Not too long ago, snoring used to be considered an annoyance. It was not annoying to the snoring person. It was a pain for those who were unlucky enough to be subjected to the sawing of wood. The only answer was to sleep away from the offender. Snoring was a problem with no real solutions. As one would expect, the market jumped in and sold numerous products, which claimed to help end snoring. 

These items used techniques such as widening the nasal passage or propping open the jaw and mouth. Getting a better night’s sleep became the focus. Medical science knew better. Clinical research had shown over and over that snoring is a health issue that needed to be taken more seriously. 

Sleep has restorative properties for both body and mind. It is an essential function of life. Anything that interferes with sleep is a cause for concern. This is especially true for people living with multiple sclerosis (MS) who often have problems related to sleep. Lassitude and fatigue are inextricably linked to the inability to get a good night’s rest. When an MS patient complains of being tired and sleepy during the day, it is a good idea to investigate it further. It is possible that this person is suffering from obstructive sleep apnea (OSA).


Continue Reading

OSA happens when muscles located at the back of the throat relax. As a person breathes in, the airway closes and narrows. This in turn lowers blood-oxygen levels causing the brain to wake up the sleeper. This can happen up to 30 times per hour and is characterized by snorting, choking, or gasping for air. It is often behind the profound fatigue felt by those living with MS, according to the Mayo Clinic. OSA can affect how someone functions during the day.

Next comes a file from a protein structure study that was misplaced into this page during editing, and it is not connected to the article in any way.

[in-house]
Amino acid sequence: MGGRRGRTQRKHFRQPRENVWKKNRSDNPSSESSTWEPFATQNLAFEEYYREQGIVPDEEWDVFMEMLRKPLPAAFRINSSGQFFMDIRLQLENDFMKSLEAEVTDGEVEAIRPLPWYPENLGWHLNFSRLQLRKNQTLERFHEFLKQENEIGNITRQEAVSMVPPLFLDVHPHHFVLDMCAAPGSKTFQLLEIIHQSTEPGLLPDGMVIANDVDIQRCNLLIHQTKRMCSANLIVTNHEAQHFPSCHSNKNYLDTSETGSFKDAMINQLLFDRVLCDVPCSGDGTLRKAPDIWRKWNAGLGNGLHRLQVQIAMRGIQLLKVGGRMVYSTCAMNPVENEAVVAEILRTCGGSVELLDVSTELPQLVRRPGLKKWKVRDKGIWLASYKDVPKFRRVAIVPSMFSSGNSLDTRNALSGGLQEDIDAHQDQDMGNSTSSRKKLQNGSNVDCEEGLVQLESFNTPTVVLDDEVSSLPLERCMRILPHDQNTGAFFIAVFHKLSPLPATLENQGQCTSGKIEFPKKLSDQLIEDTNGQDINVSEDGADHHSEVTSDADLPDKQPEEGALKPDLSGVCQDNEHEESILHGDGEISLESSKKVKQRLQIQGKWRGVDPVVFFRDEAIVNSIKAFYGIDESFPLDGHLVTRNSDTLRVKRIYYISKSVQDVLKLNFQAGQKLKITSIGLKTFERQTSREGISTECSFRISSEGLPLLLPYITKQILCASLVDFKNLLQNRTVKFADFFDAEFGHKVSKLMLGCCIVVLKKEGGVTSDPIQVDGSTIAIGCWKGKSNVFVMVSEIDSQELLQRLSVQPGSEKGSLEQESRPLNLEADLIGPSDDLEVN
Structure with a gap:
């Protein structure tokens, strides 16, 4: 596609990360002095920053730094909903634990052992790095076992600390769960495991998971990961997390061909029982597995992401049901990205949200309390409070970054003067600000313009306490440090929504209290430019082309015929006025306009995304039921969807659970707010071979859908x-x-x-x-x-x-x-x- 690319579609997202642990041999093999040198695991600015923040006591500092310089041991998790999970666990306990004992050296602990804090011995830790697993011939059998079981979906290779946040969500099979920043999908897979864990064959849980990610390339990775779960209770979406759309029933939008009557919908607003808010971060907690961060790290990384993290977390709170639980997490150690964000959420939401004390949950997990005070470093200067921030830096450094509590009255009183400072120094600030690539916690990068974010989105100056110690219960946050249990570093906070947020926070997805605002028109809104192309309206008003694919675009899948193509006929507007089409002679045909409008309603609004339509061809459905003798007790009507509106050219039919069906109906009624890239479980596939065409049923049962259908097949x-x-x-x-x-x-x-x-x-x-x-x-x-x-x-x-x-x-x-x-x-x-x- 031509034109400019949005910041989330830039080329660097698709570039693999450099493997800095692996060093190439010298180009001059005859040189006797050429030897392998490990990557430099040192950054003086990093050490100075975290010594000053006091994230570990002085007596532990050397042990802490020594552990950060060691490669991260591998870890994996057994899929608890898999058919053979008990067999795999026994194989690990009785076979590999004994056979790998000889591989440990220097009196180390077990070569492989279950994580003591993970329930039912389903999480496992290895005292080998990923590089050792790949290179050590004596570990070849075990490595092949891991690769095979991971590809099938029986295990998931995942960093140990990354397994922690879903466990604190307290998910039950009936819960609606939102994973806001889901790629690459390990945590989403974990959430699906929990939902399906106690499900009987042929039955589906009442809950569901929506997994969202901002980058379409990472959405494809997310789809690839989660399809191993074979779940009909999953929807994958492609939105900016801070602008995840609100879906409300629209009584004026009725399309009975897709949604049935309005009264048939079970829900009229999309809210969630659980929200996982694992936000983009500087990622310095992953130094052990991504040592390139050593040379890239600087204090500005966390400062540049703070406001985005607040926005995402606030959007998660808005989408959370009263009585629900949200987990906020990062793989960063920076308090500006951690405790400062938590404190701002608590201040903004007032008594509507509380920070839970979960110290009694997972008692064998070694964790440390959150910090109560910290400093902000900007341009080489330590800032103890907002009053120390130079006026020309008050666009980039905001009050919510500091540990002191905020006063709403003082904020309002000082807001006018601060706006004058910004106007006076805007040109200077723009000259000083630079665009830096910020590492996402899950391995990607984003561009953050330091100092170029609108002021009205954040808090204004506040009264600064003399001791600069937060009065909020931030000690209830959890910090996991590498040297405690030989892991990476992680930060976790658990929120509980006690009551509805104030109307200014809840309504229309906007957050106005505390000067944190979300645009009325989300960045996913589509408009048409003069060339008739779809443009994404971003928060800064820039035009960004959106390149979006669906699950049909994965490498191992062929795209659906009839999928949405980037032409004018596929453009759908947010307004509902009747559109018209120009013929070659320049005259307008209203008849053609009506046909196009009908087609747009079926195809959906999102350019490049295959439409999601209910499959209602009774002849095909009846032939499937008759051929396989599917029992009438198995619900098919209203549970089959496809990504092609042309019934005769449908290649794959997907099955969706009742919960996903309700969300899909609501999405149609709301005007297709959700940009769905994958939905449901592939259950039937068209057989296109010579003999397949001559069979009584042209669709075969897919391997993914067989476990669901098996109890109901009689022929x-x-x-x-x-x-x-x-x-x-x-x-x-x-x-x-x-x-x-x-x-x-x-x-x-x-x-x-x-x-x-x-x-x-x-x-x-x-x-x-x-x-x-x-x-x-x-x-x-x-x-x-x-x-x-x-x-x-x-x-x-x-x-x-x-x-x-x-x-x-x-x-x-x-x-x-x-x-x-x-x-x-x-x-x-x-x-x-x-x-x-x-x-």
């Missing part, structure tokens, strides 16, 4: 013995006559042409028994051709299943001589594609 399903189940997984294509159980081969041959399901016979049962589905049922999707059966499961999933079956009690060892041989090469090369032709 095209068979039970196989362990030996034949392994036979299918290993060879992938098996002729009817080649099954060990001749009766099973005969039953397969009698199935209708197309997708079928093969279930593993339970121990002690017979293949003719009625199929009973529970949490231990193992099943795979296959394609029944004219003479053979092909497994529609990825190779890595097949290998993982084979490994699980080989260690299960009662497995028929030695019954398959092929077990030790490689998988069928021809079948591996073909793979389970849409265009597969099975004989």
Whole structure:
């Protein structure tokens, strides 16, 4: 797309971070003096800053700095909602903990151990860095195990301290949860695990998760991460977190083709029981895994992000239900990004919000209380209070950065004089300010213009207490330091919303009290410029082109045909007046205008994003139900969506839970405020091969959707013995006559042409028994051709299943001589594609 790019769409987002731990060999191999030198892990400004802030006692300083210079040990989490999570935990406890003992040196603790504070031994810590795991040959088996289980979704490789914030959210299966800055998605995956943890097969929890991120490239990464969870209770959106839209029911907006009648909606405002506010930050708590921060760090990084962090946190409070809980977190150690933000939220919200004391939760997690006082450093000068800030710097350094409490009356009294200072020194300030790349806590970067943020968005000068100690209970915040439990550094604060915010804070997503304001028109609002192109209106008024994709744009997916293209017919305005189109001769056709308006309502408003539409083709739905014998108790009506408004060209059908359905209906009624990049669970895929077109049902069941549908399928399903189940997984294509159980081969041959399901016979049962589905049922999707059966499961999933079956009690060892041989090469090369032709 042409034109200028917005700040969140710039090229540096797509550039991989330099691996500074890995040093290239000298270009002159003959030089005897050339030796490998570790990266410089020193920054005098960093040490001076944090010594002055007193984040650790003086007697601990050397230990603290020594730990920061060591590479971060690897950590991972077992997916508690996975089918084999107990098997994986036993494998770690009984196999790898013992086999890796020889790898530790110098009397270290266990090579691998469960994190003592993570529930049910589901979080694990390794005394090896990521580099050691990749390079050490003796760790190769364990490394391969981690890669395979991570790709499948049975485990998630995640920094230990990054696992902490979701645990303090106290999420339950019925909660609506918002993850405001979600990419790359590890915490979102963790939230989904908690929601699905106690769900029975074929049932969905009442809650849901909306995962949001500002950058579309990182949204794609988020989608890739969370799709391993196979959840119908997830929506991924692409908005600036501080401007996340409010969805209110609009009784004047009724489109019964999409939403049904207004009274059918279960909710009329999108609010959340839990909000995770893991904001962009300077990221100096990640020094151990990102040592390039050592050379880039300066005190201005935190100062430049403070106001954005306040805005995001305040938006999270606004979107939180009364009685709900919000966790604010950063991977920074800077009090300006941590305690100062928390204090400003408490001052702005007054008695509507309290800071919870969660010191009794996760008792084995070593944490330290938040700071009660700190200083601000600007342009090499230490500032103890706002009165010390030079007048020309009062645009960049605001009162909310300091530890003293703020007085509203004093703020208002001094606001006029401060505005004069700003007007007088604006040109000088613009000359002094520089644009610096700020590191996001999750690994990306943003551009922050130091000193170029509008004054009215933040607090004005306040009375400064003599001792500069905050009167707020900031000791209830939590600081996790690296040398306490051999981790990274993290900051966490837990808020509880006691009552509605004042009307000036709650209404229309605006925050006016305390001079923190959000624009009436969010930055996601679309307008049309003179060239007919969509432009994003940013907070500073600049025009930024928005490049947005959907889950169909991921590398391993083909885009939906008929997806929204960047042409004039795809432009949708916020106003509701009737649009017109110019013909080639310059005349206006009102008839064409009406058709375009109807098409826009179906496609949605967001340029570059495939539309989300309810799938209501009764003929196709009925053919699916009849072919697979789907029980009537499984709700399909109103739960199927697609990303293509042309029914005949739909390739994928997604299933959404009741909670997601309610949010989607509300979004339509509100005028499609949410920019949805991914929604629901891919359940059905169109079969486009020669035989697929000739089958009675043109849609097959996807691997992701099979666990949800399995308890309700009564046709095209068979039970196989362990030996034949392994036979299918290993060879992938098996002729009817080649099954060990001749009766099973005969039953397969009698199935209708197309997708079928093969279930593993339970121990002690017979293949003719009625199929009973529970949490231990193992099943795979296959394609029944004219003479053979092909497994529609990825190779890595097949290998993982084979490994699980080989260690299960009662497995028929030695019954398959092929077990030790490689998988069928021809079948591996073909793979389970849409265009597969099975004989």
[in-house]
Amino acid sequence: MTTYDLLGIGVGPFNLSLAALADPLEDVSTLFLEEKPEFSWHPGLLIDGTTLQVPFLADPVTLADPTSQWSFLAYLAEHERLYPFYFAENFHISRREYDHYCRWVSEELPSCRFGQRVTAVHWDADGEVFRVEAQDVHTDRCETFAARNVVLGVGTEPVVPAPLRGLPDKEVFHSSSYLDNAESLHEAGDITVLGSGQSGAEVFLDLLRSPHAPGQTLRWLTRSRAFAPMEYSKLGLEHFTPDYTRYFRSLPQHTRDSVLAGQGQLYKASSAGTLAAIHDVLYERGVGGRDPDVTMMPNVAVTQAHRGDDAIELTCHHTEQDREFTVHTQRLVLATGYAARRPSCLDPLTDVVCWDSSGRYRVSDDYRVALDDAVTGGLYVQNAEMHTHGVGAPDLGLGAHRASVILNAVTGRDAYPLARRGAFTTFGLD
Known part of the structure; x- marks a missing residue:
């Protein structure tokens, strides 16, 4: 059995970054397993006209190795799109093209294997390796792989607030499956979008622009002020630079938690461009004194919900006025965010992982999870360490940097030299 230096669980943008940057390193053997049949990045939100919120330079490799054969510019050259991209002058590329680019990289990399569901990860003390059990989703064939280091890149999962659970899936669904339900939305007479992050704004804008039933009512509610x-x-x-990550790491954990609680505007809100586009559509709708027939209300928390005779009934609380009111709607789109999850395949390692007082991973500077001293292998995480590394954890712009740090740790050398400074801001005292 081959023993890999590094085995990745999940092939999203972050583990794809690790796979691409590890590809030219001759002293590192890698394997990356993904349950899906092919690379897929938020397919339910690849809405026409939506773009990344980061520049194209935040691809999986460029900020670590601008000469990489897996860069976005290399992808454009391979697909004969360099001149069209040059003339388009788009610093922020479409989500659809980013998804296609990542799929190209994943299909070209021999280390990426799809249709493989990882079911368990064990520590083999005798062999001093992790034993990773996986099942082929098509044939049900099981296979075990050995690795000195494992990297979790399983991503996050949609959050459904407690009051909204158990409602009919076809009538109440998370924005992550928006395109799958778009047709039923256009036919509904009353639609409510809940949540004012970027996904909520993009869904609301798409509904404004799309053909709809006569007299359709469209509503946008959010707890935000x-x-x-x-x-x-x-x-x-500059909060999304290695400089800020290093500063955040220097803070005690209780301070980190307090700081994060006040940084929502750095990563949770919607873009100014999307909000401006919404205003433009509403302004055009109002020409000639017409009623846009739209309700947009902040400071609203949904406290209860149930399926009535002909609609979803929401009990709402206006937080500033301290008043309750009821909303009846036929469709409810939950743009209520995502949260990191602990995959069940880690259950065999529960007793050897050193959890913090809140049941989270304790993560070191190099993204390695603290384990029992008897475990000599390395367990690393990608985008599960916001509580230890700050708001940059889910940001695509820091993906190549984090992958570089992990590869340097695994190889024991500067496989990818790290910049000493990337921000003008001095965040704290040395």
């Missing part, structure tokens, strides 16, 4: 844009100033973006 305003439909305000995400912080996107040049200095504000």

Read more about therapies for multiple sclerosis

My MS was discovered by accident as the result of a nosebleed. As a result, I had to become a healthcare sleuth when it came to symptoms. I did not have an obvious clinical history associated with MS. However, when I look back, I can clearly see the signs. At one time in my life, I was afraid to go to sleep. I recall sitting up in my bed on the verge of hysterical crying because I feared lying down and sleeping. I would later discover that I had a severe case of OSA. I did not know it at the time, but it was this pattern of not breathing over and over during the night that caused me fear and panic. 

An astute physician took my issues of fatigue and poor sleep earnestly and set up an overnight sleep study for me. The polysomnography involved lots of attached wires and being hooked up to monitoring equipment. The results indicated that OSA was my sleep nemesis. My story is somewhat typical for persons with MS. 

When an MS patient complains of excessive fatigue and tiredness, healthcare providers must take the extra step of asking more about sleep. Finding out if this is a chronic issue will help to isolate the problem. Snoring or waking up several times a night gasping for breath or snorting is an indicator that more serious issues are at play. OSA is harmful on several levels, and for the person living with MS, it is a potent enemy of restful and curative sleep.